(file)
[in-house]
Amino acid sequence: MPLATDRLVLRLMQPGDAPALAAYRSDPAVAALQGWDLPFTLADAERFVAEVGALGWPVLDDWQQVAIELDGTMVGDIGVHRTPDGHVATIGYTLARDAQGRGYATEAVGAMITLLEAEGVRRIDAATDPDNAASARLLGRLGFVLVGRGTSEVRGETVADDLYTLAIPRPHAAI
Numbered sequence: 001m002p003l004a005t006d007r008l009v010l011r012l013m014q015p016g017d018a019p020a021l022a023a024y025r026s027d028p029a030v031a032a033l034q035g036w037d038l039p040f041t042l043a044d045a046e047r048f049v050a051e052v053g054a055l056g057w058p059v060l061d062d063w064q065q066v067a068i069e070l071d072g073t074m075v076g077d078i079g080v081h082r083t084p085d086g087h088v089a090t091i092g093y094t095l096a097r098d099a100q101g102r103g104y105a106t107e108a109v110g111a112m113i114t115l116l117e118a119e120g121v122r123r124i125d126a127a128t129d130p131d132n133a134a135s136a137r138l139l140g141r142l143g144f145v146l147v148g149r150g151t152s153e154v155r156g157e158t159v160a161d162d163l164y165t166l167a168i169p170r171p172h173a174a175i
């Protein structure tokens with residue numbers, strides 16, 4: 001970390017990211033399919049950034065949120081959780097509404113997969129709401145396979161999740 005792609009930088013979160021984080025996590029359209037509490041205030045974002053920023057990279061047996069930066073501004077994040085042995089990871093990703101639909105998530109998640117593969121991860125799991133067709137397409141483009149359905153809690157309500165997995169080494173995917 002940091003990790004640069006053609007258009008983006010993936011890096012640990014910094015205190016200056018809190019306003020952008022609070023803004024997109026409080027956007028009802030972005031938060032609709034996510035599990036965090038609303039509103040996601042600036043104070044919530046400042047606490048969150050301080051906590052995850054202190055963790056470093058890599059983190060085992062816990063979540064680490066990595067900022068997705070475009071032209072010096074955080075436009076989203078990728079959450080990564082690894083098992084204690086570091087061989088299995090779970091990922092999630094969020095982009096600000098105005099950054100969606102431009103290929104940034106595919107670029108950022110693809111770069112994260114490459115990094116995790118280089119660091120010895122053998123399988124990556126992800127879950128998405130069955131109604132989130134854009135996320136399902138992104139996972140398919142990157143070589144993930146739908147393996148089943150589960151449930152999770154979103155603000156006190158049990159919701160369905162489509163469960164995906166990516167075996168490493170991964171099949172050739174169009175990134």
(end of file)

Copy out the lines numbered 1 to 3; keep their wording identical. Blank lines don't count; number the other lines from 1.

[in-house]
Amino acid sequence: MPLATDRLVLRLMQPGDAPALAAYRSDPAVAALQGWDLPFTLADAERFVAEVGALGWPVLDDWQQVAIELDGTMVGDIGVHRTPDGHVATIGYTLARDAQGRGYATEAVGAMITLLEAEGVRRIDAATDPDNAASARLLGRLGFVLVGRGTSEVRGETVADDLYTLAIPRPHAAI
Numbered sequence: 001m002p003l004a005t006d007r008l009v010l011r012l013m014q015p016g017d018a019p020a021l022a023a024y025r026s027d028p029a030v031a032a033l034q035g036w037d038l039p040f041t042l043a044d045a046e047r048f049v050a051e052v053g054a055l056g057w058p059v060l061d062d063w064q065q066v067a068i069e070l071d072g073t074m075v076g077d078i079g080v081h082r083t084p085d086g087h088v089a090t091i092g093y094t095l096a097r098d099a100q101g102r103g104y105a106t107e108a109v110g111a112m113i114t115l116l117e118a119e120g121v122r123r124i125d126a127a128t129d130p131d132n133a134a135s136a137r138l139l140g141r142l143g144f145v146l147v148g149r150g151t152s153e154v155r156g157e158t159v160a161d162d163l164y165t166l167a168i169p170r171p172h173a174a175i